What is an abscess?
An abscess is a collection of infected fluid and dead cells (pus) somewhere in the body. It is often swollen and painful. Abscesses usually do not heal by themselves, and they may keep getting worse unless they are treated. Treatment starts with antibiotics. However, in some cases, an abscess cannot be cured with antibiotics alone. Instead, it may need to be opened so the pus can drain, allowing it to start healing.
|An abscess can form in any part of the body. Using image guidance, a tube is placed into the abscess to drain it. This helps control the infection, prevents it from spreading and promotes healing.
An abscess drainage procedure is a way to remove pus from the abscess.
If the abscess is just under your child's skin, a doctor can usually open and drain it using a scalpel (surgical knife). However, if it is deep in your child's body, it will be drained by an interventional radiologist using image guidance.
Draining the pus will usually help the abscess heal and make your child feel better sooner. A sample of the pus is often sent to the laboratory to help find out what is causing the infection.
How an abscess is drained
The interventional radiologist uses ultrasound or computed tomography (CT) to see where the abscess is. These pictures guide the interventional radiologist in directing a small needle through the best route into the abscess (usually through the skin).
Most often, a small soft tube (drain) is placed in the abscess using ultrasound and X-ray guidance. This drain is then attached to a drainage bag to allow the pus to drain away from the abscess. The drain will stay in your child's body until most of the pus has drained.
For most abscess drainages, your child will not need any stitches.
The procedure will usually take one hour.
Risks of abscess drainage
Abscess drainages are usually low-risk procedures. The risk may increase depending on your child’s condition, age and health.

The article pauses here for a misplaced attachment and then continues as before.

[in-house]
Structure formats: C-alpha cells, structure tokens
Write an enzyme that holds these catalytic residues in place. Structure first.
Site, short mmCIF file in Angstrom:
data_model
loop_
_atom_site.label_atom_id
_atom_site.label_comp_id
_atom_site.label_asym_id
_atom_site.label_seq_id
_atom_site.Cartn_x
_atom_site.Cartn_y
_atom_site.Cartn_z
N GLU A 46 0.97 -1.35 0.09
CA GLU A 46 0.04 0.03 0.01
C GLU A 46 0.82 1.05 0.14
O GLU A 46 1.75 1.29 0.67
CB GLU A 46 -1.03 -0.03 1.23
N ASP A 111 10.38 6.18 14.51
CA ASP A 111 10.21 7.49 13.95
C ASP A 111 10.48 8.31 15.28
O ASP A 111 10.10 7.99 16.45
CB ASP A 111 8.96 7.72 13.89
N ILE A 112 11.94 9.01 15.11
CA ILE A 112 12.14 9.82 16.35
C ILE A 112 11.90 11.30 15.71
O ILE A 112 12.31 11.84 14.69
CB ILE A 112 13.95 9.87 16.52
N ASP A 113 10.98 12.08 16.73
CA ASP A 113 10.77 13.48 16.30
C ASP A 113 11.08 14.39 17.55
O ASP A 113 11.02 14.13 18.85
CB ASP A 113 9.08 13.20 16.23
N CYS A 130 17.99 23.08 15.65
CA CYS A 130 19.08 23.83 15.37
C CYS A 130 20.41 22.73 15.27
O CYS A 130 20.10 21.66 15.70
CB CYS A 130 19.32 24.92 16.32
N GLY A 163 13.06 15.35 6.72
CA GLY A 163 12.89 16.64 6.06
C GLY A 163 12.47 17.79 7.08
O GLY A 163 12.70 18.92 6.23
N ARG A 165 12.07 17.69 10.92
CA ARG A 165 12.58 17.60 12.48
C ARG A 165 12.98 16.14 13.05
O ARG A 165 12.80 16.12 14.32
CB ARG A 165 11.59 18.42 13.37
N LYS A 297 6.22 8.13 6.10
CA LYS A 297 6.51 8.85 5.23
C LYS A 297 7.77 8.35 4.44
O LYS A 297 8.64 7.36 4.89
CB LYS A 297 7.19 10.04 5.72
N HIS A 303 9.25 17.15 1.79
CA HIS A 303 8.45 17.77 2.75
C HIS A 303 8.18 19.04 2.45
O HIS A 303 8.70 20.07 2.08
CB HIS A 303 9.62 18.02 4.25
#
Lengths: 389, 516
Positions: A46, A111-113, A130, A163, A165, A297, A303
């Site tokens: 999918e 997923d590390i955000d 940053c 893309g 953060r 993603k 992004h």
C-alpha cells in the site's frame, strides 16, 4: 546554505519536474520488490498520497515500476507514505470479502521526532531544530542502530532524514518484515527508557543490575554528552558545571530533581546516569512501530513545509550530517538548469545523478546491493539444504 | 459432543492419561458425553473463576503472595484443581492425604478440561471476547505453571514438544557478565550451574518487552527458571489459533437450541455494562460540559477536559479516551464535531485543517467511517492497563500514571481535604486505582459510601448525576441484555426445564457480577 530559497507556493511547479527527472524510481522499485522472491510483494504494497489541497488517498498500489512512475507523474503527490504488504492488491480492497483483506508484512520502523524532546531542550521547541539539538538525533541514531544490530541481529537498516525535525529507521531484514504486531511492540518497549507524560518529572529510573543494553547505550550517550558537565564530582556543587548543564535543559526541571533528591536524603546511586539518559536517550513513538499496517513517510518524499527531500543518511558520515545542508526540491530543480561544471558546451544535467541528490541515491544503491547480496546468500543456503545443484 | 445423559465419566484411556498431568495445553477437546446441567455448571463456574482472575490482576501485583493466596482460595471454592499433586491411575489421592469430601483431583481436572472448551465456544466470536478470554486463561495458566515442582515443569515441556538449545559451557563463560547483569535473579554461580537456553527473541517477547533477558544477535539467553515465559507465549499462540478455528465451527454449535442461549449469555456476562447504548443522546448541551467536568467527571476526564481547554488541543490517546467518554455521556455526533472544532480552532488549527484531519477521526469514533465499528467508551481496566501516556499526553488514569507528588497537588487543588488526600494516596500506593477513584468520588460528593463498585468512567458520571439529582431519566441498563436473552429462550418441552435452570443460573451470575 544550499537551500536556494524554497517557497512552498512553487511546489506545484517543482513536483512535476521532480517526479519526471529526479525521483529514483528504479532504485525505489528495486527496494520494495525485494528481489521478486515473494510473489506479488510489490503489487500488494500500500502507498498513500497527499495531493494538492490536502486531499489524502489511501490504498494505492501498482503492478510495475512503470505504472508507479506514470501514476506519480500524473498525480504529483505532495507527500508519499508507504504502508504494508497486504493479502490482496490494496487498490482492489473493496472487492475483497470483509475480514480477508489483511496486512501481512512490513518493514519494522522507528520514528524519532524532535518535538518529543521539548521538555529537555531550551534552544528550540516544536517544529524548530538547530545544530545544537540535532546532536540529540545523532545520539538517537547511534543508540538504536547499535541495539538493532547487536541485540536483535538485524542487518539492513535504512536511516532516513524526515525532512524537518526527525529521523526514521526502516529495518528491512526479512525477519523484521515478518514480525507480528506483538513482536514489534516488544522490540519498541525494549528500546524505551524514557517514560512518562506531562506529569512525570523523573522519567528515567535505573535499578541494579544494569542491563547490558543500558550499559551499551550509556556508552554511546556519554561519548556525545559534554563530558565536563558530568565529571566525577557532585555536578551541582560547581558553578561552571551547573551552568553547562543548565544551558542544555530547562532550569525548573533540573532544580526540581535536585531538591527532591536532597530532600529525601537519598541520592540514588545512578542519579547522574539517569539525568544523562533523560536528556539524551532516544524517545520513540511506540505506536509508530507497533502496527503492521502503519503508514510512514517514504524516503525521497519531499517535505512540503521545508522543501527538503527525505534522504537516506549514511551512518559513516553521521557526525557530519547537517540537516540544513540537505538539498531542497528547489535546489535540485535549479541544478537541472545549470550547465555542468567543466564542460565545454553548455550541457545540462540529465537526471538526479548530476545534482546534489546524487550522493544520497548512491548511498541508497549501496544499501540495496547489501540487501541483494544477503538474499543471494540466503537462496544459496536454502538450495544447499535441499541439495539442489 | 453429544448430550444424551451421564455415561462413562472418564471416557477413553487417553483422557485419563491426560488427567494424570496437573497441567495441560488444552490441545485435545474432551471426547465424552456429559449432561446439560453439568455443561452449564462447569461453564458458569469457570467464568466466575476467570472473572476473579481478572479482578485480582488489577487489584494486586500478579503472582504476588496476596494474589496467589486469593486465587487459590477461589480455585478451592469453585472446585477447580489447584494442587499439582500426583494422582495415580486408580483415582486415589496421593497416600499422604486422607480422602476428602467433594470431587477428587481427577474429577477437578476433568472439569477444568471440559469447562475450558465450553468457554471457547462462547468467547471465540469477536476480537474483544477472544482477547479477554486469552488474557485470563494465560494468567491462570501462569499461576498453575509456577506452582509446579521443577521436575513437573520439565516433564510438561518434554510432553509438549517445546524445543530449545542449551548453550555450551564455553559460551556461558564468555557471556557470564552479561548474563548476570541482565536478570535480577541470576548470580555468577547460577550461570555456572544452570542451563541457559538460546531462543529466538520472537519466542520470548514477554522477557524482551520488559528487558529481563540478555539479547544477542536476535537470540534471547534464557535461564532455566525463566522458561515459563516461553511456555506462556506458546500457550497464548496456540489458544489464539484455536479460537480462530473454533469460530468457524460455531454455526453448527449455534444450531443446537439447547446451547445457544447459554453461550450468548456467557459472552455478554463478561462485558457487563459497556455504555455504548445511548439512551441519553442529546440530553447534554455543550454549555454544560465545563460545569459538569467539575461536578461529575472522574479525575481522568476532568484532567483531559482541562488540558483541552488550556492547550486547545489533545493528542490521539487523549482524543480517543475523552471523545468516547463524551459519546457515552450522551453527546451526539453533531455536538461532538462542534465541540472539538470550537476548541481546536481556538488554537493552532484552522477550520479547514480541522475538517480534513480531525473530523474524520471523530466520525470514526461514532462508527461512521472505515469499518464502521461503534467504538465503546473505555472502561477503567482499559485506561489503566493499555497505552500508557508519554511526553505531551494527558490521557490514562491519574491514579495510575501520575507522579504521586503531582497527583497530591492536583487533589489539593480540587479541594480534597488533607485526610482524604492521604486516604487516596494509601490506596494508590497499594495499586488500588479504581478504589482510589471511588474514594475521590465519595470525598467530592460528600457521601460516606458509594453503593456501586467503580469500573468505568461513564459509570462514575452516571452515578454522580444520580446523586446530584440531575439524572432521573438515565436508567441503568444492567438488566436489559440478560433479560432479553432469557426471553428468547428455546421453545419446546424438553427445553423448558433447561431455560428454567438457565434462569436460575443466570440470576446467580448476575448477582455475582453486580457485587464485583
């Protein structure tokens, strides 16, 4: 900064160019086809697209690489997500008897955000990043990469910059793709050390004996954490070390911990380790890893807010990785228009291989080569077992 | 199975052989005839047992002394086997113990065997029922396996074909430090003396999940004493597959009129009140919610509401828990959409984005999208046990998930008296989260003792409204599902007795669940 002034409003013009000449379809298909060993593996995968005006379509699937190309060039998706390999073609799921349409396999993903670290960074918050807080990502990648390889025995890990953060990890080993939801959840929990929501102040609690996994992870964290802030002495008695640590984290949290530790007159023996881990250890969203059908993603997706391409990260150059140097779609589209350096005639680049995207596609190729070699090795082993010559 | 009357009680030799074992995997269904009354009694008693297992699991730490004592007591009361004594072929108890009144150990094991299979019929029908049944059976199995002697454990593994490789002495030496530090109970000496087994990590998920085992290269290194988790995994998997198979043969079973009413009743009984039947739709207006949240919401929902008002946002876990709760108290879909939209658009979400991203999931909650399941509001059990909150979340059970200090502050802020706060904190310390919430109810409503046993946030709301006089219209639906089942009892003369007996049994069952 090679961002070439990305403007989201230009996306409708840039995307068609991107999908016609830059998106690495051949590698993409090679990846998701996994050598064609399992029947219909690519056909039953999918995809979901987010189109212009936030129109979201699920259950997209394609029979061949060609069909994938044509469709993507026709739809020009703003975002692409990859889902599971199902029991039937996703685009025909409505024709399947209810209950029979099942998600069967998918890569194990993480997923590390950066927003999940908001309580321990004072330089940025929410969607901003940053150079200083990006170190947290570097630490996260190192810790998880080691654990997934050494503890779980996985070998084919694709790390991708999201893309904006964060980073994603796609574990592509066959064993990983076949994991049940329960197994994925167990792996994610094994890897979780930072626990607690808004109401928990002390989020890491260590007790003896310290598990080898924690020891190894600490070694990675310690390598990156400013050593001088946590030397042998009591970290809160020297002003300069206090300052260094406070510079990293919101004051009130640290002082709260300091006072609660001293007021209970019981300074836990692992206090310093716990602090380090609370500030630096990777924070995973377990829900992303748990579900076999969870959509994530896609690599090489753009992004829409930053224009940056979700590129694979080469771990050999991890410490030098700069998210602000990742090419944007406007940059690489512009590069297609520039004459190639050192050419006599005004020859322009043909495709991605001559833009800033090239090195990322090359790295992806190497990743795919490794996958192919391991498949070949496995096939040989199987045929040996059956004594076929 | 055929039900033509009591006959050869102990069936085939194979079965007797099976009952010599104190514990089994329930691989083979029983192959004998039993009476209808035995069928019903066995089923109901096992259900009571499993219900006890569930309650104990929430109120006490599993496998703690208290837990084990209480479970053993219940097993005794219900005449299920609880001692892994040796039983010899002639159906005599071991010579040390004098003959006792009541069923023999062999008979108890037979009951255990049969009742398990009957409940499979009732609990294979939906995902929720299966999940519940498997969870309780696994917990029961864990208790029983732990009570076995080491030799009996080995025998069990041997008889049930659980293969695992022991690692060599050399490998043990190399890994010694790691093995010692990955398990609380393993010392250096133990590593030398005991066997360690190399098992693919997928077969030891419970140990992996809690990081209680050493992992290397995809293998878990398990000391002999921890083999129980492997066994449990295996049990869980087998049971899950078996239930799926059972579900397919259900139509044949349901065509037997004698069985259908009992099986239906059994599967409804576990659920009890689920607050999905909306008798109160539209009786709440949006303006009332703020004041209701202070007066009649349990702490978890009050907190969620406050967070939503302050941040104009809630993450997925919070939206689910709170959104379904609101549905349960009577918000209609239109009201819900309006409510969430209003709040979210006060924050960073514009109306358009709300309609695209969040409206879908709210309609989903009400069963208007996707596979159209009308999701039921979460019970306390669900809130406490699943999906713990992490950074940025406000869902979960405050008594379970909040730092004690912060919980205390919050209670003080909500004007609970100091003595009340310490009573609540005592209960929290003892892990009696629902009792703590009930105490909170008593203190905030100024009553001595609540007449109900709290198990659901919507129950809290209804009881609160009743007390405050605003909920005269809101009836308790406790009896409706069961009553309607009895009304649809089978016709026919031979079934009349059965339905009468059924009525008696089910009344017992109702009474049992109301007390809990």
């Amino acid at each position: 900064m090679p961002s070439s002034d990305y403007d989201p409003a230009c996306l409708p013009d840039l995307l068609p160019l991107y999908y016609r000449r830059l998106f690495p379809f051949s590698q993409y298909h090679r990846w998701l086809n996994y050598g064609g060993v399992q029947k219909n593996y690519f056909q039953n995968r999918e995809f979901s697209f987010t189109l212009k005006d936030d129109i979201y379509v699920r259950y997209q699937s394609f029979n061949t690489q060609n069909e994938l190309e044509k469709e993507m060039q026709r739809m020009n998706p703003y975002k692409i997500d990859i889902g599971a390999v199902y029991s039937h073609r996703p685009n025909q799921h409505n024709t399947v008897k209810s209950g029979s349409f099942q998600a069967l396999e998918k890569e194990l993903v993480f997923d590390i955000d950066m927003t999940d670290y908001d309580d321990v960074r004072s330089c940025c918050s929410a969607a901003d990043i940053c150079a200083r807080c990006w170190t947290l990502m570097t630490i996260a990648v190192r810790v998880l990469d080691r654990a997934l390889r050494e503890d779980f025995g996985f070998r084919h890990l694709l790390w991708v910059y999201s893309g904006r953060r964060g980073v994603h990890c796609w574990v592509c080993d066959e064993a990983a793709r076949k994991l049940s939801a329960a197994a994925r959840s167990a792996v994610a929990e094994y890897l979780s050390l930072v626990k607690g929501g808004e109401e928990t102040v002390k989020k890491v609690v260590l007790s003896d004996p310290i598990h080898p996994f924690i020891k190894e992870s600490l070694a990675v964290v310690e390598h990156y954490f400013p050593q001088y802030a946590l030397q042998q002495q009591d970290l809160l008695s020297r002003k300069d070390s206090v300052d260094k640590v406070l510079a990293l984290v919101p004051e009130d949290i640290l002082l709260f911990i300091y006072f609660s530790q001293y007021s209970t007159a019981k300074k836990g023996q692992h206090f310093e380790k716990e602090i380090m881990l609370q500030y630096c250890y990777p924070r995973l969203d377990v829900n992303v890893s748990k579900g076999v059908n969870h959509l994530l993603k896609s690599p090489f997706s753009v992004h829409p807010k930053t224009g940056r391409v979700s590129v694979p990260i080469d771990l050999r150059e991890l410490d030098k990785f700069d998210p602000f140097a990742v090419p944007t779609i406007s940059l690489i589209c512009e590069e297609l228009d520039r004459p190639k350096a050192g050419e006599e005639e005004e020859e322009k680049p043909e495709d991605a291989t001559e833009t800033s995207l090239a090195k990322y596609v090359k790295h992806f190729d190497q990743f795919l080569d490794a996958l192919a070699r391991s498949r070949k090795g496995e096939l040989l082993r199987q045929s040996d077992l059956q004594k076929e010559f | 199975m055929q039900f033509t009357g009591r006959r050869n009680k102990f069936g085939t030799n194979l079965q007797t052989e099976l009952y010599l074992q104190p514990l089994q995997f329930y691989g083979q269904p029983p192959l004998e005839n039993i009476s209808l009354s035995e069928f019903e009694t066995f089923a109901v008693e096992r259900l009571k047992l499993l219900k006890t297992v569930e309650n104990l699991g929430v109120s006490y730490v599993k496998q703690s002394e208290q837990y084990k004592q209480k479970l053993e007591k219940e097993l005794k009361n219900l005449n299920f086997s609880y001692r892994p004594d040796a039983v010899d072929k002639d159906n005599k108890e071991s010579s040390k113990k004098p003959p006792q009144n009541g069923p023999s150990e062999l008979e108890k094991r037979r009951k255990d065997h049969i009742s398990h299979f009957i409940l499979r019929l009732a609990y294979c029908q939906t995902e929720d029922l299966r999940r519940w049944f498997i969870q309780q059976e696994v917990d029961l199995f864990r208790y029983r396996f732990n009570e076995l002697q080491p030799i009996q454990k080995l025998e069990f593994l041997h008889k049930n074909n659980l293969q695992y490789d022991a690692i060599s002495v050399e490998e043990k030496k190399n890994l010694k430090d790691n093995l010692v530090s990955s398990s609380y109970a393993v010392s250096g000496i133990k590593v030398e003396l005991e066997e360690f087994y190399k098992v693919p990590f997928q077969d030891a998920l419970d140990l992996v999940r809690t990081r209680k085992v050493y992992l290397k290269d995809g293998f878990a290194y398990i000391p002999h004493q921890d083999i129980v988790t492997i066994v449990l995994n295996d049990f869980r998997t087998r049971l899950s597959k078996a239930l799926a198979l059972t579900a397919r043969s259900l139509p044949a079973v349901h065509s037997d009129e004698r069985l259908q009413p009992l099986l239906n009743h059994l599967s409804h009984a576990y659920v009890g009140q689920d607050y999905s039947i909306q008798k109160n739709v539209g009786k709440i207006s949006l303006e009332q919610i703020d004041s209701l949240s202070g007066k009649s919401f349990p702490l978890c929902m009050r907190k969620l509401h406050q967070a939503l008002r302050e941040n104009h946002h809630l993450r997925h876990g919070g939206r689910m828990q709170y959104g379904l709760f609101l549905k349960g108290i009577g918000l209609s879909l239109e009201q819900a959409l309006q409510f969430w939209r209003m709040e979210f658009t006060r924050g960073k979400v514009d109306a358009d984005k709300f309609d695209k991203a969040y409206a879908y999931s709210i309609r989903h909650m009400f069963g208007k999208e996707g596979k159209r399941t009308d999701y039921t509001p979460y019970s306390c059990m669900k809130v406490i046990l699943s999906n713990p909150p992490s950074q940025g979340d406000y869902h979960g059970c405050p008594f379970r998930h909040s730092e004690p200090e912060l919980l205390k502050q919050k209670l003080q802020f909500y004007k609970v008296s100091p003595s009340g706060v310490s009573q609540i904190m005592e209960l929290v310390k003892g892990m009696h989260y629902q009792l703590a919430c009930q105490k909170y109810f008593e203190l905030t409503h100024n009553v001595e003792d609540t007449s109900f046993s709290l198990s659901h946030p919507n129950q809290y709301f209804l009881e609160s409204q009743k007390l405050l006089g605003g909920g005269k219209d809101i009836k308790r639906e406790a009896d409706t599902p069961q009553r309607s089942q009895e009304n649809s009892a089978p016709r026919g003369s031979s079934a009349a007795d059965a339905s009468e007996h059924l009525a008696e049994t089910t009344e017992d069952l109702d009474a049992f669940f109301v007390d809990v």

The risks of any abscess drainage can include:
- bleeding in or around the abscess
- abscess breakage, which can cause spread of the infection or a systemic infection (sepsis)
- injury to a nearby organ
- creation of a connection between the bowel and skin (fistula) if the abscess is located in the abdomen
Giving consent before the procedure
Before the procedure, the interventional radiologist will go over how and why the procedure is done, as well as the potential benefits and risks. They will also discuss what will be done to reduce these risks, and will help you weigh any benefits against the risks. It is important that you understand all of these potential risks and benefits of the abscess drainage and that all of your questions are answered. If you agree to the procedure, you can give consent for treatment by signing the consent form. A parent or legal guardian must sign the consent form for young children. The procedure will not be done unless you give your consent.
How to prepare your child for the procedure
Before any treatment, it is important to talk to your child about what will happen. When talking to your child, use words they can understand. Let your child know that medicines will be given to make them feel comfortable during the procedure.